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By contrast with these less fortunate princesses of the past, the path of Elizabeth of York led her by smooth and steady stages towards her high destiny. It was perhaps to her advantage that, as with her father and grandfather before her, there was no expectation in her childhood that she would ever be summoned to the Throne; for thus her parents could more easily fulfill their determination to let nothing set their daughters apart in nursery days from the carefree existence of other children born to high rank but private station. To King George V, who was not by nature a child-lover, his first grandchild in the male line was the solace of his old age – “sweet little Lillibet” as he calls her in his diaries. She was old enough at his Silver Jubilee, which was celebrated when she was nine, to gain half consciously a sense of that deep mutual affection uniting the Royal Family with the people which was so memorably demonstrated on that moving occasion; and again, in the mourning for him so few months later, to perceive obscurely that the sharing of grief as well as joy strengthens such a bond. The Queen may well be unaware of any difference herself; but to those who remember the modest surprise of the old King at the enthusiasm his appearance among his subjects aroused, and the lines of anxious diffidence on the face of his son at the beginning of every Royal function, their successor wears an air of surer confidence, a quiet reliance upon the love of her people, which has sustained her as long as she can remember, which can be trusted not to fail her in any ordeal, and which without affectation she returns.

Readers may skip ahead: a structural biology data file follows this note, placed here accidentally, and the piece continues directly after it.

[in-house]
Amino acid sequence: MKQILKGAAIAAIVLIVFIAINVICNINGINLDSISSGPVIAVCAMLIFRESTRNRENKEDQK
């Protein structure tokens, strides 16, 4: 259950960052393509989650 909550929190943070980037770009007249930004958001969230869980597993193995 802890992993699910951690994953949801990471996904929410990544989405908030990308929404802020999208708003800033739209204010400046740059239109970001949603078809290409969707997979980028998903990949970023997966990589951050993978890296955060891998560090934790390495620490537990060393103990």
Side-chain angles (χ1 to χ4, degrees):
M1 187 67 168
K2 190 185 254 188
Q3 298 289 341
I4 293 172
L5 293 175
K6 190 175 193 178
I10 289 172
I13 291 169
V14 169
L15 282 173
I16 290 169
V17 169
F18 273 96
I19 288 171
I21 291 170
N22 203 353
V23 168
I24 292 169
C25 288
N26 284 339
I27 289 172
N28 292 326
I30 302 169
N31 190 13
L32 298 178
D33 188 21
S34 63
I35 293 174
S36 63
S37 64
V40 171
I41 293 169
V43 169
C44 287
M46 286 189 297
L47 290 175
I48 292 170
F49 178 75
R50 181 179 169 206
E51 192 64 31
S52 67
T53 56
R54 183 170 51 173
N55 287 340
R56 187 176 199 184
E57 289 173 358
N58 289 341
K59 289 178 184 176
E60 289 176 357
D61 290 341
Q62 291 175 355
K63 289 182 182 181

The stresses and agonies of the Abdication were scarcely to be comprehended by a ten-year-old; and though at her father’s coronation she showed that she could already play a part with youthful dignity in a great pageant, she was not yet being encouraged to think of herself as a future Queen. The realisation of her exalted future came to her gradually, during the years of the second World War; and even that great catastrophe indirectly worked good for the princess, by causing her at the darkest hour of the conflict, in 1940, to be kept away from the centre of danger in London and sent with her sister into comparative safety at Windsor Castle. Consequently, during the critical years from thirteen to eighteen, her education could proceed in a seclusion almost undistracted by those constant ceremonial claims which in normal times disturb even the schoolrooms of the daughters of kings.